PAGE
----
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Spooky Tooth: Nomad Poets – Live In Germany 2004 album review

Neglected 60s/70s rockers Spooky Tooth captured live during reunion tour.

Spooky Tooth's Nomad Poets album artwork

Initially released in 2007, Nomad Poets was recorded three years before at, respectively, Worpswede’s Music Halle and Hamburg’s Rock & Blues Im Park. These were shows on English rockers Spooky Tooth’s reunion tour of Europe, when the band featured original dual/duelling vocalist-keyboardists Gary Wright and Mike Harrison, and drummer Mike Kellie alongside new members Joey Albrecht (guitar, backing vocals) and Michael “Bexi” Becker (bass, backing vocals). Out of print for several years, the reissue of this two-disc affair now comprises an audio disc that features 10 tracks relying heavily on material from the band’s classic 1969 album, Spooky Two, and also a DVD film of the same performances. The latter also contains footage of Gary Wright recorded live in San Diego, California, back in 1976 performing Love Is Alive and Are You Weepin’, plus an interview with Wright and a slide show of Spooky photos.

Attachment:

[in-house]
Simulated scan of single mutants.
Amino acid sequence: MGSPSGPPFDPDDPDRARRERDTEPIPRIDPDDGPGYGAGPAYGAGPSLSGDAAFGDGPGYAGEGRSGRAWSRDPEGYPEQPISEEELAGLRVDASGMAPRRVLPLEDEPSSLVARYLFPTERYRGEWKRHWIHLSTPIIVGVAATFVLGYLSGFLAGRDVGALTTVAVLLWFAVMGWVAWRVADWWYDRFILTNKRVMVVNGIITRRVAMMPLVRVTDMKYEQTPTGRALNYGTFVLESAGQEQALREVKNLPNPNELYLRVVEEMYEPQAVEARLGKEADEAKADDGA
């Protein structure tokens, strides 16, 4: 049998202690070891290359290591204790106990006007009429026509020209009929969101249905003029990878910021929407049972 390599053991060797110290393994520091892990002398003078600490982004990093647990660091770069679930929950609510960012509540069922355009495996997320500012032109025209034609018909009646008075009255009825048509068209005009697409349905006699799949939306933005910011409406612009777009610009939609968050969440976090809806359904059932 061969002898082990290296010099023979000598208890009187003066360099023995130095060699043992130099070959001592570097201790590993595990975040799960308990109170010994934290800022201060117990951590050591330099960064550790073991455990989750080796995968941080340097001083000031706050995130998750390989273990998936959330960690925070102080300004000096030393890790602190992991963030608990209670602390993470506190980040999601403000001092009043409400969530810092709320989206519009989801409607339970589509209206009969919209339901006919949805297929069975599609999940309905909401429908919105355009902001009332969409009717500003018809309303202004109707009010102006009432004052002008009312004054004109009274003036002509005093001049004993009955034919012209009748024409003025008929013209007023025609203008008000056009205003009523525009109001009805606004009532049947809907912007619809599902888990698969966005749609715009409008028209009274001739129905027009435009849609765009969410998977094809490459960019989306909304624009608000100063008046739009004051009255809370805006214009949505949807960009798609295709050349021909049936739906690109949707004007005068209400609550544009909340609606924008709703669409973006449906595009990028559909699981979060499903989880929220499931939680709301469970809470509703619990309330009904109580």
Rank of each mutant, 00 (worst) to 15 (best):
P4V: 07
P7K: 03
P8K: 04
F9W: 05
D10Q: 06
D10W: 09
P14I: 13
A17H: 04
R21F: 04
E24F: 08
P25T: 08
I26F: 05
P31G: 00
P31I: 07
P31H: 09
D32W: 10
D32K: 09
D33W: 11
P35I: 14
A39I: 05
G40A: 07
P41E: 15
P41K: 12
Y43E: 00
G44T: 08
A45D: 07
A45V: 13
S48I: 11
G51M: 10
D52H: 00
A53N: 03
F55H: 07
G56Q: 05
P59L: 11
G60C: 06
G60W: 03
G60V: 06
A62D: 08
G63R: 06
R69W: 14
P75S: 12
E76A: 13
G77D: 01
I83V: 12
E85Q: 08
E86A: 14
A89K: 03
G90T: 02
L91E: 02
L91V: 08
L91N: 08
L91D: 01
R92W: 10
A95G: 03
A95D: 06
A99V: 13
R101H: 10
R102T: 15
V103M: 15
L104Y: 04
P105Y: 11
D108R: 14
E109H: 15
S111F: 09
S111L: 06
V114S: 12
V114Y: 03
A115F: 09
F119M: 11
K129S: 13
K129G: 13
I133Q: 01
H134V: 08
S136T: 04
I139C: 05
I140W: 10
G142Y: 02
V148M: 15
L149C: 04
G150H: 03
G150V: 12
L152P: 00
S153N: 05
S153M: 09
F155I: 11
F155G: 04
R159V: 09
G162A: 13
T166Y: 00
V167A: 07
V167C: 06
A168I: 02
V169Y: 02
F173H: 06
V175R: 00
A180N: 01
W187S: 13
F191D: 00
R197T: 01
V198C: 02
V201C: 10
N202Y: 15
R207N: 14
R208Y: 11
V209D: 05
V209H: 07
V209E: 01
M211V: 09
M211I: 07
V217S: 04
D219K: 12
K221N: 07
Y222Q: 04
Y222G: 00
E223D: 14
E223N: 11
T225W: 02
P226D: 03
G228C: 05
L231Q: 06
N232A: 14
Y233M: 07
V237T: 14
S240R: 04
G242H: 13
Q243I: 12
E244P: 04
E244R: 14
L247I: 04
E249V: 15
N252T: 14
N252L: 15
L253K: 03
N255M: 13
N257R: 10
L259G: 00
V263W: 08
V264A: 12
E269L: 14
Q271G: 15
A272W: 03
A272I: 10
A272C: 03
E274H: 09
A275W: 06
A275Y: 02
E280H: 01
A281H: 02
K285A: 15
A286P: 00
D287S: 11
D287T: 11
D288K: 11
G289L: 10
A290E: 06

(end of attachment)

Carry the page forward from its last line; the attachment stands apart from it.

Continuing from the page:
Completing the package is a booklet that includes new liner notes. Which “just” leaves the music by one of the few prog – or quasi-prog, anyway – outfits to be fronted by two singing keyboard players (see also Procol Harum and Supertramp). Much of Spooky Tooth’s prog reputation rests on the fact that in 1969 they recorded an album, Ceremony, with musique concrète pioneer Pierre Henry, but really, there is little actual prog here. Blues rock steeped in the late-60s/early-70s progressive boom, yes, but there is little in the way of virtuoso technoflash, fiddly curlicues
or complex tempo shifts. Sunshine Help Me finds the missing link between Cream and Humble Pie, the band that Spooky Tooth member Greg Ridley left to form. The Wrong Time is blue-eyed funk with rasping vocals – not
quite the full Marriott but hoarse enough. Tobacco Road is Eric Clapton-esque while Evil Woman (not the
Electric Light Orchestra one) is 10 minutes of heavy rockin’ blues with ample opportunities for guitar pyrotechnics.